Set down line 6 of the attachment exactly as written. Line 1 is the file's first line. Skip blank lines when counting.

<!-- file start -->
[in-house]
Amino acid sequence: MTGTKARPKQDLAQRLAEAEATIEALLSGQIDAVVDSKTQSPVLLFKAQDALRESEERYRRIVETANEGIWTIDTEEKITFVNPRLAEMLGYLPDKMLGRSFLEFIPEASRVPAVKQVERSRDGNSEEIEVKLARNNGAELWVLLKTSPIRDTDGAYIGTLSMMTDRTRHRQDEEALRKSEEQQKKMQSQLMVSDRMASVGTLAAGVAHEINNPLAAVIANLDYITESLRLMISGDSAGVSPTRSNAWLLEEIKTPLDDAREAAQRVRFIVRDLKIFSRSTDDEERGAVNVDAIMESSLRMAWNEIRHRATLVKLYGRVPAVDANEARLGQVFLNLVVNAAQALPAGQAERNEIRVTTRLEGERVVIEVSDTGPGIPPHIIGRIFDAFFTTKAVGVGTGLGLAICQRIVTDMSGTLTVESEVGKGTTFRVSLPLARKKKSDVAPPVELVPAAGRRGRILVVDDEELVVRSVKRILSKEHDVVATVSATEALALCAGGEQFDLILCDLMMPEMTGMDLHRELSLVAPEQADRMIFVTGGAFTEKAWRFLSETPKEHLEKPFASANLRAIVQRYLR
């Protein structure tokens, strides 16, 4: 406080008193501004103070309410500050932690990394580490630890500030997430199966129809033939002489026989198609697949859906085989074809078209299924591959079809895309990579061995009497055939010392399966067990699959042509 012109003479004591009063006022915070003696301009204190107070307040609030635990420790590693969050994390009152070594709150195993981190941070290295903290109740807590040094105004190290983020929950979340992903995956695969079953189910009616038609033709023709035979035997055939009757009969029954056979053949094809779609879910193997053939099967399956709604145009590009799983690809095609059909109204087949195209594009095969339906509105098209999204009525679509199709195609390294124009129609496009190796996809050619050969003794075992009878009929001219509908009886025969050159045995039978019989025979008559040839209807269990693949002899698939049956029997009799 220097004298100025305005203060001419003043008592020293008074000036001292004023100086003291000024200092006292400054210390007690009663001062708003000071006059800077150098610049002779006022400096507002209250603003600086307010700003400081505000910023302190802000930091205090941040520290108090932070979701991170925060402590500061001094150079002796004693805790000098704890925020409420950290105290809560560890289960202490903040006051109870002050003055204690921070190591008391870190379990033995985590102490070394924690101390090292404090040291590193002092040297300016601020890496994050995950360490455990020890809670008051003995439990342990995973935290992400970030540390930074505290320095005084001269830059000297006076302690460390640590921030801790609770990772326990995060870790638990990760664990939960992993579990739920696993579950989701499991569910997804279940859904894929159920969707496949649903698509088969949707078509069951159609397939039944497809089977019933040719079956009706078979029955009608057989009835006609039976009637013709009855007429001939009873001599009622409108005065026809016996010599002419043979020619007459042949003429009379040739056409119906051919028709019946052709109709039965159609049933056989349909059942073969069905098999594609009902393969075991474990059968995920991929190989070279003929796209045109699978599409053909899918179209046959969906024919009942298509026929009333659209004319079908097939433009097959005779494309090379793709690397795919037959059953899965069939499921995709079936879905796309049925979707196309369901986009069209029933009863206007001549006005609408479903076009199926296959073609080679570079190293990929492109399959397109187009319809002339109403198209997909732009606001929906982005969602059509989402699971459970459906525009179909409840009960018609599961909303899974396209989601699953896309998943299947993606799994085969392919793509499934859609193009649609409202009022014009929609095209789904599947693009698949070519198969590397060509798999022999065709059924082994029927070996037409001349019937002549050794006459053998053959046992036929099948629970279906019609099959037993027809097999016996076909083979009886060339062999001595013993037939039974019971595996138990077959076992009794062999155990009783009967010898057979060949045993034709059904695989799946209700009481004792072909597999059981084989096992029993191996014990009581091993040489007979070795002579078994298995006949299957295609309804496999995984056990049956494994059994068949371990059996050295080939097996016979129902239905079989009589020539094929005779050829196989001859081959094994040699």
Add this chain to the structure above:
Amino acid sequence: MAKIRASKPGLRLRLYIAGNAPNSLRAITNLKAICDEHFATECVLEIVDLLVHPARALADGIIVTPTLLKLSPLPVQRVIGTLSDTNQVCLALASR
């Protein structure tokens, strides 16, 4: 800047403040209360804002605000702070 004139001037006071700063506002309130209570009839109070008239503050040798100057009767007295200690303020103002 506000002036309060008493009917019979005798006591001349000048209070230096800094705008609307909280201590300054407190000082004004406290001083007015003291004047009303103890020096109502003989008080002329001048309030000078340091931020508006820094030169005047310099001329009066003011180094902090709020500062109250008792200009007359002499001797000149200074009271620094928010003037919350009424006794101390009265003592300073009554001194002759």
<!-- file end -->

């Protein structure tokens, strides 16, 4: 800047403040209360804002605000702070 004139001037006071700063506002309130209570009839109070008239503050040798100057009767007295200690303020103002 506000002036309060008493009917019979005798006591001349000048209070230096800094705008609307909280201590300054407190000082004004406290001083007015003291004047009303103890020096109502003989008080002329001048309030000078340091931020508006820094030169005047310099001329009066003011180094902090709020500062109250008792200009007359002499001797000149200074009271620094928010003037919350009424006794101390009265003592300073009554001194002759």